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Randolph A. "Randy" Credico (born July 5, 1954 in Pomona, California) is an American comedian, political candidate, activist and the former Director of the William Moses Kunstler Fund for Racial Justice.
Show business career 
Credico was once active on the comedy circuit, and at the age of 27 he made an appearance on The Tonight Show Starring Johnny Carson. During the appearance, he criticized U.S. foreign policy and compared Ambassador Jeane Kirkpatrick to Eva Braun; Credico was not invited back to the show, and some believe this is due to the Kirkpatrick impersonation. He was featured on the 1988 comedy album, "Strange Bedfellows: Comedy and Politics" along with Jimmy Tingle, Barry Crimmins, and Will Durst.
Credico spent four years in Tulia, Texas, bringing national attention to a racially charged mass drug arrest. The Kunstler Fund produced an award winning documentary on the subject entitled Tulia, Texas: Scenes from the drug war, written, directed and edited by Emily Kunstler and Sarah Kunstler. Credico is the subject of the film Sixty Spins Around the Sun, directed by comedian Laura Kightlinger.
Political activism 
At age 27, Credico began a seven-year campaign against New York state's Rockefeller drug laws, which he thought were too harsh, disproportionately affecting the poor and minorities. Small changes softening the stiffest penalties were passed in the state legislature, which Credico thought were insufficient. Credico is also alleged to have imitated political consultant Roger Stone's voice in a threatening phone call to the father of New York Governor Elliot Spitzer, which caused Stone to be fired as a consultant to the New York State Senate by then-majority leader Joe Bruno. Credico was able to clear his name by proving that he was in Buenos Aires, Argentina, on the day of the profane call to Mr. Spitzer.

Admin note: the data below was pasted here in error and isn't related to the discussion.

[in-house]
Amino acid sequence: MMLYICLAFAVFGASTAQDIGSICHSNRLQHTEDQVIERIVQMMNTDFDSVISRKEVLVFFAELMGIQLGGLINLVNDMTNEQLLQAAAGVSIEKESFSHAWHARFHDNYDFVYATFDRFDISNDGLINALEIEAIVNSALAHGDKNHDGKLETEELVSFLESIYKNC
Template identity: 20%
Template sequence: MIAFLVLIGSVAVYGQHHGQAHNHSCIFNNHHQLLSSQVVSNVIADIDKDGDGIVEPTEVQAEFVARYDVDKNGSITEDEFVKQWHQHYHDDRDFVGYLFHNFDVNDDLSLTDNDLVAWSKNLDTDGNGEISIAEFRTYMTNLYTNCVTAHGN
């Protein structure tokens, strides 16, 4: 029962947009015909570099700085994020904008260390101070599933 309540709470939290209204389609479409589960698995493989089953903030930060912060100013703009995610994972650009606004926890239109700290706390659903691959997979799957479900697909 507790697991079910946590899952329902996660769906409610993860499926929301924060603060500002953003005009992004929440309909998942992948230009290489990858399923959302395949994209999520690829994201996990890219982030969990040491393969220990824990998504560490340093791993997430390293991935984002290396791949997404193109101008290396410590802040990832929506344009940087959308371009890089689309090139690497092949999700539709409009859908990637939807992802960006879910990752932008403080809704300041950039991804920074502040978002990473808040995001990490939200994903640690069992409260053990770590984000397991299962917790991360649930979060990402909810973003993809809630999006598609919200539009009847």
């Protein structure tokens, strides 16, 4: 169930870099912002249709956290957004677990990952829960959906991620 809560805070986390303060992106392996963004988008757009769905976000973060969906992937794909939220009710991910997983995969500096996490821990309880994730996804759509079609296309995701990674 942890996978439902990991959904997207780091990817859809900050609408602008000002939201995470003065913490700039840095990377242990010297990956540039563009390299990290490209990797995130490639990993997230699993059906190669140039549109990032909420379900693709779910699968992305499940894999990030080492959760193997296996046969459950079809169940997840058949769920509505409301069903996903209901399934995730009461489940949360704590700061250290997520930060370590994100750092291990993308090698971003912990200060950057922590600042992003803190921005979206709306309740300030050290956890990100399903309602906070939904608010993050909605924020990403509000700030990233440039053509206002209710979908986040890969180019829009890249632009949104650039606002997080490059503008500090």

2010 Senate candidacy 
Credico resigned his position with the Kunstler Fund in order to run as a Democratic primary challenger against Senator Chuck Schumer in 2010. Credico submitted petitions along with Jimmy McMillan and other candidates in an effort to get onto the Democratic Party primary ballot. The party chairman claims that Credico only submitted a few pages' worth of petitions to the state, far short of the 15,000 necessary, a charge Credico denies. Credico threatened to throw his support to Republican candidate Carl Paladino in the gubernatorial race.
Credico's campaign was supported by several actors and comedians, including Seinfeld co-creator Larry David, Roseanne Barr, and "Professor" Irwin Corey. He obtained the endorsements of the Libertarian Party of New York and the nascent "Anti-Prohibition Party" of Kristin "Manhattan Madam" Davis for the same Senate seat, though those parties do not have permanent ballot access and were required to petition their way onto the ballot. Credico finished with 25,975 votes, in last place among four candidates; in most jurisdictions, Credico was only given one ballot line despite petitioning for two.
- * Blakeslee, Nate (1992). Tulia: Race, Cocaine, and Corruption in a Small Texas Town. New York: Praeger. ISBN 0-275-94418-2.
- Blakeslee, Nate. "," pp. 164-165
- Finn, Robin. "Did You Hear the One About the Drug Laws?", New York Times, February 1, 2005, page B4.
- Gonnerman, Jennifer. "Seven Years on the Sidewalk", Village Voice, December 21, 2004, page 46.
- NY Times http://cityroom.blogs.nytimes.com/2008/07/01/fending-off-pot-smokers-on-gay-street/index.html?hp
- Zaino, Nick A., III. "Comedy Notes: Comics' Film Mixes Madness, Madcap", Boston Globe, July 4, 2003, page E2.
- Political activist Randy Credico seeks “honest politician”: May run for Schumer’s seat in NY
- Cynicism We Can Believe In - By SIMON CRITCHLEY
- Senator Chuck Schumer Running Scared Says Candidate Randy Credico